President-elect Joe Biden has signaled that he will move swiftly to restore dignity to the badly sullied image of the United States; respect for the professionals of America’s diplomatic, intelligence and military services; and a more predictable, nuanced and sympathetic approach to foreign relations. That message of a restoration of norms is likely to resonate in many capitals around the world, as it did with an electorate that gave Mr. Biden a decisive victory over Donald Trump.
There is much that Mr. Biden can do in his first 100 days. He has already vowed to promptly rejoin the Paris accord on climate change and to make climate action central to his administration. He has declared his intention to restore the United States’ relationship with the World Health Organization, signaling that the United States will join forces with the rest of the world to halt the rampage of the coronavirus.
Mr. Biden is also expected to organize a summit of democracies, and to recommit the United States to exposing human rights abuses wherever they arise, whether in China, Russia, Saudi Arabia or Turkey. At the same time, he will seek ways to revive the nuclear deal with Iran, and agree with Russia to extend the New START treaty on limiting strategic nuclear arms. Hopefully, Mr. Biden will terminate American support for Saudi Arabia’s terrible war in Yemen.
These are all welcome signs of America’s imminent return to a role in the world that better reflects our historical values.
The team Mr. Biden is said to be assembling looks as if it will be composed of veterans of administrations past and paid-up members of the foreign policy establishment. If Republicans retain control of the Senate, Mr. Biden’s appointments could be constrained by the need to get them confirmed, while the scope of his actions will often be reduced to what can be accomplished through executive orders.
Even a Senate controlled by Democrats would not presage a dramatic departure in American strategies and policies. Mr. Biden may tone down the trade war with China, but contentious differences on issues such as 5G networks or China’s claims in the South China Sea will remain at the fore. Whatever hold President Vladimir Putin may have had on Mr. Trump almost never translated into a lifting of sanctions, and Democrats are not likely to seek a reset with Russia. Mr. Trump’s bromance with Kim Jong-un did little to change the U.S. stance on North Korea. Mr. Trump’s approach to the Israeli-Palestinian conflict was decidedly one-sided, yet there had been no movement toward a two-state settlement in the years before Mr. Trump became president, and there is little indication that any such movement is imminent no matter who’s in the White House — or where the U.S. Embassy is.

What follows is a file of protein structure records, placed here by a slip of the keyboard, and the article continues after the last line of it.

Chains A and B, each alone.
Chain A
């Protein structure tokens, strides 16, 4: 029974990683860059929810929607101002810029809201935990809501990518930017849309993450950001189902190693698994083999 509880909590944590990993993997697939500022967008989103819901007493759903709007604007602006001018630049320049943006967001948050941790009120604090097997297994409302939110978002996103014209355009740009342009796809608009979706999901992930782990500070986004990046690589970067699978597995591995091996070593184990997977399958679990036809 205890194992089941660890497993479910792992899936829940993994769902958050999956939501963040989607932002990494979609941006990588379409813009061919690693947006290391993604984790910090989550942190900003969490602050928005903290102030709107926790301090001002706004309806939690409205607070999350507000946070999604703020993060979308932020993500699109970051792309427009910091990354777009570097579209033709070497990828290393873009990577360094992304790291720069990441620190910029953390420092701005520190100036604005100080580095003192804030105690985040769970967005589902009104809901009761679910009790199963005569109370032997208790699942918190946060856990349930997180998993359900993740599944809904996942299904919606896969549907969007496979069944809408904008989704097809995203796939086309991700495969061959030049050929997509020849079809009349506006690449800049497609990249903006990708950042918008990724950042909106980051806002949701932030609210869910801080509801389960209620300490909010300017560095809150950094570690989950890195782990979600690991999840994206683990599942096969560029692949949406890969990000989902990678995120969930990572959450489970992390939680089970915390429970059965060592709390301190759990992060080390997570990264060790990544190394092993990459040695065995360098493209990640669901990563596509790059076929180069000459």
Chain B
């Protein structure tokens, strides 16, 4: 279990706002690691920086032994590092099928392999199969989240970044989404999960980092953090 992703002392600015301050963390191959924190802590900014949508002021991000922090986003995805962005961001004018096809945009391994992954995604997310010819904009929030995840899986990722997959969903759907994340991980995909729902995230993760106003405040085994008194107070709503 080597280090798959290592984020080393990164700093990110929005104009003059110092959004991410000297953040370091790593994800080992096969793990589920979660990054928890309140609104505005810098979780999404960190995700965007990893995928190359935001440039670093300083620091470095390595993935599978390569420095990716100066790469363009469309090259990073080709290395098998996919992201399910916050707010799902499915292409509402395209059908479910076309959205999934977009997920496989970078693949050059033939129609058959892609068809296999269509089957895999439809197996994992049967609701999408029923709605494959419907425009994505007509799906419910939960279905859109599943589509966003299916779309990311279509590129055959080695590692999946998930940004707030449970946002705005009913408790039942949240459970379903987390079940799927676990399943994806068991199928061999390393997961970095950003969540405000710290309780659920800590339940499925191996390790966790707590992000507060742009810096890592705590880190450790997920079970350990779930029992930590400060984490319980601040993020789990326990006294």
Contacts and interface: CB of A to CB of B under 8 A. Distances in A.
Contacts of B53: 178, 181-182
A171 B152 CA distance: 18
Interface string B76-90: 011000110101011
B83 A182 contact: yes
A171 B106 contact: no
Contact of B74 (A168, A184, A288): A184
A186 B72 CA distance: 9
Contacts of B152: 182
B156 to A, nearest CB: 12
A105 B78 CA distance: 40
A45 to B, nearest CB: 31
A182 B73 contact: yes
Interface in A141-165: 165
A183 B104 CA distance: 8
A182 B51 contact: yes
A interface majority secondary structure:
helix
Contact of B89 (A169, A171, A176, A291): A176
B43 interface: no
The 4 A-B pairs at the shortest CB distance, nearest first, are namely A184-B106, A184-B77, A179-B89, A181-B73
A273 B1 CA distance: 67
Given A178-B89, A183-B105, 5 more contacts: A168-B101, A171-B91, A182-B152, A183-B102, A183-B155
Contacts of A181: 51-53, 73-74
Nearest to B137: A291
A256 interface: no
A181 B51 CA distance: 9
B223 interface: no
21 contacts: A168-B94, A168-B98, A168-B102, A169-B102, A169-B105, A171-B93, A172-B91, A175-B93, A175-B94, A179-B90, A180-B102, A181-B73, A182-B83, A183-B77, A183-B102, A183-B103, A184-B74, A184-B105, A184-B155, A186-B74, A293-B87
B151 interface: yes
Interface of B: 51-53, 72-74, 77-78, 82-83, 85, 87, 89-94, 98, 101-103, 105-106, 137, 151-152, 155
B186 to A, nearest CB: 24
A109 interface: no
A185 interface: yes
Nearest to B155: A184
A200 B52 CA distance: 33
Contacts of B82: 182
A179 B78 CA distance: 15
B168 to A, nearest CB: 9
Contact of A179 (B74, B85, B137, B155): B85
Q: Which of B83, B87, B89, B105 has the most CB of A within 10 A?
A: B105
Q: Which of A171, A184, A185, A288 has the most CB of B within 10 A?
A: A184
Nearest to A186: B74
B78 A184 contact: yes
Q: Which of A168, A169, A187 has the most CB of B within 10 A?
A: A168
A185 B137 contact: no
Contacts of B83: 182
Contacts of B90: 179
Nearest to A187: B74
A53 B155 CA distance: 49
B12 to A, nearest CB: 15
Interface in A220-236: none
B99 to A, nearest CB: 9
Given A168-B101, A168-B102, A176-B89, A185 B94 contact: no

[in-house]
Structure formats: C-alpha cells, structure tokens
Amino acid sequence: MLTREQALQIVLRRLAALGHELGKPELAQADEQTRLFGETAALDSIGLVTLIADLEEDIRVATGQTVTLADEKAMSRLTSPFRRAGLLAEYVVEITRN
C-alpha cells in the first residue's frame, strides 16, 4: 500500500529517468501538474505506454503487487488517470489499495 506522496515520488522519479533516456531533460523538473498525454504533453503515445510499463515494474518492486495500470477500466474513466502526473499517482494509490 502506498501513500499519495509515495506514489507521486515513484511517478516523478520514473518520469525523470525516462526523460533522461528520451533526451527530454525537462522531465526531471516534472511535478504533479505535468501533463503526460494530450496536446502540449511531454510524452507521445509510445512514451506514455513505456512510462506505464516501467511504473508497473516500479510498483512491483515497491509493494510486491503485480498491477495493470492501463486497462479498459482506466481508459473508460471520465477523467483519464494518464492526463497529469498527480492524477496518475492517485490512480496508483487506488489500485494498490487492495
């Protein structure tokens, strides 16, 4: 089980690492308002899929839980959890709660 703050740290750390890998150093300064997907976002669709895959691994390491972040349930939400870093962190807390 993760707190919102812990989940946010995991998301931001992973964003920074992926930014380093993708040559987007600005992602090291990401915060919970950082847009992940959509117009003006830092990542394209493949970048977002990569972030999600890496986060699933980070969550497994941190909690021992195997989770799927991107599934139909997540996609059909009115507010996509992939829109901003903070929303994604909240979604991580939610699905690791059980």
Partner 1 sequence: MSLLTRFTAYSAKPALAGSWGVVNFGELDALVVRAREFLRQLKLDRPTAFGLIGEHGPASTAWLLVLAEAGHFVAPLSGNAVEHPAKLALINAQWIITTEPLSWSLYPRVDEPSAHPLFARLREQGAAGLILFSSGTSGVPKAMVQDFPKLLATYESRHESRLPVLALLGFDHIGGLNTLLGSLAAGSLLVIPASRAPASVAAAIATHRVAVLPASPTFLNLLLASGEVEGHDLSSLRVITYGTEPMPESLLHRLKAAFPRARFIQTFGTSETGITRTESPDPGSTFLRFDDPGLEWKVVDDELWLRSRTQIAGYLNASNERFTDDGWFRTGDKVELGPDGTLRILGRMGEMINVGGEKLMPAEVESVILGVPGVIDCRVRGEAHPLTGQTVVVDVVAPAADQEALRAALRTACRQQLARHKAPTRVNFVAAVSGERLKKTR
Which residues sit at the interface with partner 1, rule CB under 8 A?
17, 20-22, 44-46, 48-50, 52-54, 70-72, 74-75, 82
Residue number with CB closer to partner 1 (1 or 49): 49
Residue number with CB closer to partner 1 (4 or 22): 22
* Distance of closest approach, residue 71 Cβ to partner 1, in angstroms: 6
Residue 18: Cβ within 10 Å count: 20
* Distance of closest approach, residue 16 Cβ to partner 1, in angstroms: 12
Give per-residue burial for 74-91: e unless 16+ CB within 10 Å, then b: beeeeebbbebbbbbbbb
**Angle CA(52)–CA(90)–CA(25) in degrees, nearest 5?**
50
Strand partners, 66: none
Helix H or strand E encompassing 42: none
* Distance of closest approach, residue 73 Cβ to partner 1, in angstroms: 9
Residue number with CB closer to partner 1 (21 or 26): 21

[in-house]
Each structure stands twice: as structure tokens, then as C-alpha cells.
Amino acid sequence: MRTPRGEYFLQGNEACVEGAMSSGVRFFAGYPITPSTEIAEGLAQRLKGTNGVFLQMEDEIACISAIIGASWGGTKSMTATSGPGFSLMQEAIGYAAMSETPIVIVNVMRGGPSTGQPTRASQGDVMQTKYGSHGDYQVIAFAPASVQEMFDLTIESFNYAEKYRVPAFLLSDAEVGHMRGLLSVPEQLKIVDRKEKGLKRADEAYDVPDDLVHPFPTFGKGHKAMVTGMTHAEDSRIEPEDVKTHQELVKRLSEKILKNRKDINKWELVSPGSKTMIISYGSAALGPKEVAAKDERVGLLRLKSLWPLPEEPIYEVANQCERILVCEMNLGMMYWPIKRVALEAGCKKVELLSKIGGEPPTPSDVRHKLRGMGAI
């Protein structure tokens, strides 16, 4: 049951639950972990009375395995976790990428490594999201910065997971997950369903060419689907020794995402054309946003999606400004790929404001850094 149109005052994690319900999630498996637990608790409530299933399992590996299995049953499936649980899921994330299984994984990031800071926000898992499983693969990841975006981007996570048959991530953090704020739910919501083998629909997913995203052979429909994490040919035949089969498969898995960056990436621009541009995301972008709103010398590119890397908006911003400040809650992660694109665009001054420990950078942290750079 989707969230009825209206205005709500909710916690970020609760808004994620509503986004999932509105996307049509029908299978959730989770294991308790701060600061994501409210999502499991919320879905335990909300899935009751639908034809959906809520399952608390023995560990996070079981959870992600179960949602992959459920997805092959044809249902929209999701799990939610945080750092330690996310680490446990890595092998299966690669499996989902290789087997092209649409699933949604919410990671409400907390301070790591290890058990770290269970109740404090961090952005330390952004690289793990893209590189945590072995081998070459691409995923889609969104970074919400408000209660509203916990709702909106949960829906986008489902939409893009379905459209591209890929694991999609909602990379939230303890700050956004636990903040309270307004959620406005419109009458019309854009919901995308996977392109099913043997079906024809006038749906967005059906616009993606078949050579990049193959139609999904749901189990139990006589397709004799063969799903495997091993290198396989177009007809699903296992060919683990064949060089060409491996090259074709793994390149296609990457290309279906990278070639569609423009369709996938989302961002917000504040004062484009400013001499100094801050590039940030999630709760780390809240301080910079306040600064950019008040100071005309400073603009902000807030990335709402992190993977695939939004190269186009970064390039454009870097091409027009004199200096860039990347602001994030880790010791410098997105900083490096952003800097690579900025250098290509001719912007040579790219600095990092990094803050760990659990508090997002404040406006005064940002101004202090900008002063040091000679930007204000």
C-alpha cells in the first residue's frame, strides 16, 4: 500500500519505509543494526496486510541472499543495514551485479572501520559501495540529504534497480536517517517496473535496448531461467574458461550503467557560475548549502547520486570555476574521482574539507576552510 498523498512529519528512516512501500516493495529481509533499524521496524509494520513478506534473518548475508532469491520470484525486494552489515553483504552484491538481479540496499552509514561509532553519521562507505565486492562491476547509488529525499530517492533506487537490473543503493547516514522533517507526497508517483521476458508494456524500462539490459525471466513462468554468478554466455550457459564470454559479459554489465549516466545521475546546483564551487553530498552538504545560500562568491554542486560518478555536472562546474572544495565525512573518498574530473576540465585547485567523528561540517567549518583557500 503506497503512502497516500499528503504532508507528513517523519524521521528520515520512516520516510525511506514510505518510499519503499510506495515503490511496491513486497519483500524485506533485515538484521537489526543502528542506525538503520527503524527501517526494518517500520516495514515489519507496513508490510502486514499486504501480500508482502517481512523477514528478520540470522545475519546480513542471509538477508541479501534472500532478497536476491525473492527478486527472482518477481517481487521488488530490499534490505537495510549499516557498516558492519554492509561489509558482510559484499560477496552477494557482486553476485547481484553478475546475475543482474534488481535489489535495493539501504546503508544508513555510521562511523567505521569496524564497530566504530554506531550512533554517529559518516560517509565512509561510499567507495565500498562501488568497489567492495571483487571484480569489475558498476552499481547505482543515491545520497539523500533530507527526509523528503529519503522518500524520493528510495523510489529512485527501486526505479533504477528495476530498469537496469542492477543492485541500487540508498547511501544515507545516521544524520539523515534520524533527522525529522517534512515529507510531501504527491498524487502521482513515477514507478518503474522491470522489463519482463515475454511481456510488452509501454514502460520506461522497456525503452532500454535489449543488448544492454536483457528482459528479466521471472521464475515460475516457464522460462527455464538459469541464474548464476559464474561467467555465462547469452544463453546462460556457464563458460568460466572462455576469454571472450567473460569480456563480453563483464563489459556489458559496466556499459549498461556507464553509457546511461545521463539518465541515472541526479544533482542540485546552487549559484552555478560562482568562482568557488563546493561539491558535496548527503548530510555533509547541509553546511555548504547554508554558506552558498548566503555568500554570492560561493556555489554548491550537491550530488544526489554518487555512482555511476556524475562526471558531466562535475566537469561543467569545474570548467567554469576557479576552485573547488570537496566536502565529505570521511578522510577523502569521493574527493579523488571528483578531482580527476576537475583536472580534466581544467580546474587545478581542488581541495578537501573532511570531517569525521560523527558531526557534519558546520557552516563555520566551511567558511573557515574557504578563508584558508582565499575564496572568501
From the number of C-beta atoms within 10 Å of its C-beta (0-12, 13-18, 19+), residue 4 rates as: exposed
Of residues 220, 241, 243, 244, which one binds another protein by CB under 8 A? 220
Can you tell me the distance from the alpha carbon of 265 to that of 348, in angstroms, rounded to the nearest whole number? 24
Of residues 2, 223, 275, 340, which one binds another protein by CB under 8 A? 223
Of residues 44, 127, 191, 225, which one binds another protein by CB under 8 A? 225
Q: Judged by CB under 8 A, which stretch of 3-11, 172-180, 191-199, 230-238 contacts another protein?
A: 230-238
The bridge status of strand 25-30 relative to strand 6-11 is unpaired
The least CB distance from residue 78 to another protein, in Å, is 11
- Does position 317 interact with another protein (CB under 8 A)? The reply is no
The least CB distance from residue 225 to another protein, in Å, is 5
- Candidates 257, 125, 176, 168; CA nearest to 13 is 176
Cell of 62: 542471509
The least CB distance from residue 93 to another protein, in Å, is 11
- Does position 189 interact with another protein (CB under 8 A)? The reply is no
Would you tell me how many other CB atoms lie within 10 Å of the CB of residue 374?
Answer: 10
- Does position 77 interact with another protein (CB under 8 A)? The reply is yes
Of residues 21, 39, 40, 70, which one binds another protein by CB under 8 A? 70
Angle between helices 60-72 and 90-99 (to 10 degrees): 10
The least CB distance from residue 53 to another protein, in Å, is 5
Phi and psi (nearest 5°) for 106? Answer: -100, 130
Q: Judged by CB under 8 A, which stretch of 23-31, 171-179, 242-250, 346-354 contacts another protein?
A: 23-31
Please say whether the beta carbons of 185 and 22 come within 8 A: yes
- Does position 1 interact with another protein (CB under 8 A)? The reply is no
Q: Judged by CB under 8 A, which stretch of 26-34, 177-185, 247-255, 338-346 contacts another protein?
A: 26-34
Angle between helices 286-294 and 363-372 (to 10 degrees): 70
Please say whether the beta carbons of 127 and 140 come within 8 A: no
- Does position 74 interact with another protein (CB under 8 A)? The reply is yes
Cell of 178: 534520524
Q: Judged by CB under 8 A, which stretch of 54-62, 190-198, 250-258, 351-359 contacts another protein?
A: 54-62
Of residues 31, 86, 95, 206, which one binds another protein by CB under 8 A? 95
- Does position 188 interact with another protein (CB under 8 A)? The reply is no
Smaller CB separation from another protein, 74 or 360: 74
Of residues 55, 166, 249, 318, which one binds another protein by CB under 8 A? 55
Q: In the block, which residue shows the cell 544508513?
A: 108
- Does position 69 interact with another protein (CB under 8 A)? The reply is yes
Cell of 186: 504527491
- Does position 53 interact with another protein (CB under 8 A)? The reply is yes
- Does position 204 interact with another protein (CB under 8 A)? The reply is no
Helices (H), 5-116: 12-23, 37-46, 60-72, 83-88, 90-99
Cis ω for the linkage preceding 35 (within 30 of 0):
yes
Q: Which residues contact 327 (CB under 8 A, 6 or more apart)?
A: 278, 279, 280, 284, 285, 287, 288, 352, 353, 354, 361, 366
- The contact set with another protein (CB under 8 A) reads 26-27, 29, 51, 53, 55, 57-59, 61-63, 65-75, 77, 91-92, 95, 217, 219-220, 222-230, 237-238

Mr. Biden is likely to continue Mr. Trump’s attempts to withdraw from foreign wars and be reluctant to enter new conflicts, though with more nuance and more concern for allies. While Mr. Biden will definitely not emulate Mr. Trump’s zero-sum approach to trade, with tariffs slapped on friend and foe alike, free trade is not something Democratic voters are always keen on. While most NATO allies and members of the European Union will celebrate the exit of Mr. Trump, the United States is likely to continue insisting that NATO allies start paying a fair share for the common defense. The Europeans, for their part, have recognized that the United States is no longer the undisputed boss of the free world.
In short, the world is not what it was in 2016, nor can it go back to the status quo ante. China is considerably more assertive, and countering Beijing’s aggressions while recognizing its legitimate demands and seeking its help in containing North Korea or reducing carbon emissions will require creative new approaches. So will dealing with a right-wing president in Brazil or a tenacious dictator in Venezuela, or negotiating further nuclear arms reductions with Russia while maintaining sanctions, or trying to placate Israel and several Gulf Arab states while reviving a deal with their archenemy Iran.
It is a restive world, requiring constant adaptation and engagement from its most powerful democracy. But the importance of vision, expertise, honesty and simple decency in the management of world affairs cannot be overstated. Mr. Trump’s “America First” approach meant, first and foremost, reducing international affairs to the same level as his real-estate wheeling-dealing: What’s in it for me? The president’s infamous phone conversation with President Volodymyr Zelensky of Ukraine, the one that got him impeached, provided an apt motto for his administration: “I would like you to do us a favor though.”
It is understandable that allies will harbor some doubts over whether Trumpism is finished for good, especially while Mr. Trump clings indecently to the hope of staying in power. But the expectation that a Biden-Harris administration will at least end the volatile and unpredictable lurches of the past four years has already elicited relief from allies who suffered Mr. Trump’s disdain. And it has caused anxiety among illiberal leaders who reveled in Mr. Trump’s camaraderie and the dimming of America’s beacon.
Simply abandoning Mr. Trump’s approach is immeasurably important for America and the world. The strength of the United States has always derived as much from the soft power of its democracy, freedoms and values as from its battleships and drones. That strength is multiplied by America’s alliances among democracies in the East and West.
There will be plenty of time to sort out why the United States fell for Mr. Trump or whether he can come back. President-elect Biden has signaled that he intends to lead America back into the international arena, and whatever their qualms or doubts, America’s friends and allies should not wait to join forces in tackling the business of the day — a global pandemic and the future of the planet, to name just two items on the agenda.